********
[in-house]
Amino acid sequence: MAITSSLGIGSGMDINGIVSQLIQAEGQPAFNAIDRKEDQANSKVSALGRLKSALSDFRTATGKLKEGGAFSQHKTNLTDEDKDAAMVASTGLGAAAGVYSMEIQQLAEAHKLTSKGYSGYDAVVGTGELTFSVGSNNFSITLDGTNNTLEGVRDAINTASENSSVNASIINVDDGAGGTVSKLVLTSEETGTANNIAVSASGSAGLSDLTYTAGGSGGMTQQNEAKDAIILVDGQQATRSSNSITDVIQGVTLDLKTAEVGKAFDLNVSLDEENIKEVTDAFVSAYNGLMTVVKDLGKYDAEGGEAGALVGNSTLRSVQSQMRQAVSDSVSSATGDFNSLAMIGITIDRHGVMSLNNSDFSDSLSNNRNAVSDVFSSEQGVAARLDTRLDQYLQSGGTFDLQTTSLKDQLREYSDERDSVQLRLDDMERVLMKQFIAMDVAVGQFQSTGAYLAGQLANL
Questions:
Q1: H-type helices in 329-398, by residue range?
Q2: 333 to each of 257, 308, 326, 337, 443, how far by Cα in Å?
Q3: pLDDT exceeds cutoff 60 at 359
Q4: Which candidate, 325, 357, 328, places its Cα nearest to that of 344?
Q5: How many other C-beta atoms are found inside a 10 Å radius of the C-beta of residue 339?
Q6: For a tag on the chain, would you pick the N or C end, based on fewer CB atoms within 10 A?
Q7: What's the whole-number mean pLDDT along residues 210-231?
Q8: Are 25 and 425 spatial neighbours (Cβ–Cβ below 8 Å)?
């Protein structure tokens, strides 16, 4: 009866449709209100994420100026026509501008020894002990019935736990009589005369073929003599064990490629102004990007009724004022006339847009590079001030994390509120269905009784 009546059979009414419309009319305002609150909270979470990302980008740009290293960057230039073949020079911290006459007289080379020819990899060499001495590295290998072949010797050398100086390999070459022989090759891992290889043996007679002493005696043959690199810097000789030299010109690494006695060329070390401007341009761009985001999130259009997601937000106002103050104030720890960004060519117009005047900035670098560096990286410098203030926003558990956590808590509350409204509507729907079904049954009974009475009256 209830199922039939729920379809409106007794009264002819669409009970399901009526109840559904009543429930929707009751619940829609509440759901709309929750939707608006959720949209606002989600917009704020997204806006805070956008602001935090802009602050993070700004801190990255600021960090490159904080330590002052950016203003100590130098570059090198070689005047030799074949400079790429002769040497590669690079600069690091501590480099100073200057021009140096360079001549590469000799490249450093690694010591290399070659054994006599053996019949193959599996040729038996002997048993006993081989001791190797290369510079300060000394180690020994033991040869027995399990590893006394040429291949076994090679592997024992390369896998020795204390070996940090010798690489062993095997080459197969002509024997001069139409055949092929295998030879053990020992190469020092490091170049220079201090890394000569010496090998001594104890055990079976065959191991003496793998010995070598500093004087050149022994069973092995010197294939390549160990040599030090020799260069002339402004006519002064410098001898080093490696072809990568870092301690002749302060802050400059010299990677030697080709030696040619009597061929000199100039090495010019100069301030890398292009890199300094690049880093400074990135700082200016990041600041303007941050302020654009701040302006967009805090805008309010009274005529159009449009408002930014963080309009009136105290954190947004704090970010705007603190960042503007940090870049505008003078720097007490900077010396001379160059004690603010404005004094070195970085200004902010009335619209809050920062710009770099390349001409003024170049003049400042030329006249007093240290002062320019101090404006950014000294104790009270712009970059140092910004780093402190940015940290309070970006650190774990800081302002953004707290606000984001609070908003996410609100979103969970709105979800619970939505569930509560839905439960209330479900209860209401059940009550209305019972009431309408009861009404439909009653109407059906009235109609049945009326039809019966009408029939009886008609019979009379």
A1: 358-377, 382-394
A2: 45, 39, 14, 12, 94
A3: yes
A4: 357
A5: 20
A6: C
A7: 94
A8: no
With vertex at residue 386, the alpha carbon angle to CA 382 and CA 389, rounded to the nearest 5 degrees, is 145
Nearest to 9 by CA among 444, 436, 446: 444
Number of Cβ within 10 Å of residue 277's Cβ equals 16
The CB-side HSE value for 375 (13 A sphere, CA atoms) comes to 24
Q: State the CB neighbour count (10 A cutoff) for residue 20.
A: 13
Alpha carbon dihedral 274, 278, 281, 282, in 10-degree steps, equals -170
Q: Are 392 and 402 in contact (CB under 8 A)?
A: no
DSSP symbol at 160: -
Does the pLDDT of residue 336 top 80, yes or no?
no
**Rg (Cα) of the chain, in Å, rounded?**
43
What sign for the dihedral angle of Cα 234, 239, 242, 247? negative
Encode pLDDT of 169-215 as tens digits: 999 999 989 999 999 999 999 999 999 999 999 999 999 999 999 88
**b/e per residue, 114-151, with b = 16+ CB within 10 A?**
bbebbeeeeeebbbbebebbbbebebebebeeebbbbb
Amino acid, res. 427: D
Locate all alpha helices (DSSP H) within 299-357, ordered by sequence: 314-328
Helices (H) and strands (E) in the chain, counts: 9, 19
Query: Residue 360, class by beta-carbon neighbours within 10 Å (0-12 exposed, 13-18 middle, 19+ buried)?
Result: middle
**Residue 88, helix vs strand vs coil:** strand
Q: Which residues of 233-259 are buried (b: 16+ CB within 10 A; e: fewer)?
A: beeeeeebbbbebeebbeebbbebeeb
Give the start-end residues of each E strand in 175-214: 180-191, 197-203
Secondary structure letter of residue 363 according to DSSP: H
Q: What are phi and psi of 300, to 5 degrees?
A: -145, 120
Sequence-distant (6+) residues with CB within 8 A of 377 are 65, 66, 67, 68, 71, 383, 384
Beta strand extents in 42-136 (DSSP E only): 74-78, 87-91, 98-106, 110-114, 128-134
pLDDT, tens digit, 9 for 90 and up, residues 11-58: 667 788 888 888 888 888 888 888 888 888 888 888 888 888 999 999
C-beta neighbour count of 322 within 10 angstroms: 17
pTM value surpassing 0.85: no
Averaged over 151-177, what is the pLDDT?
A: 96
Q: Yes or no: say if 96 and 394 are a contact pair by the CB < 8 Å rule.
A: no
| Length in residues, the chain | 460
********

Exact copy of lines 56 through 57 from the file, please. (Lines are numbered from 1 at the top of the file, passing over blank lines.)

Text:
Averaged over 151-177, what is the pLDDT?
A: 96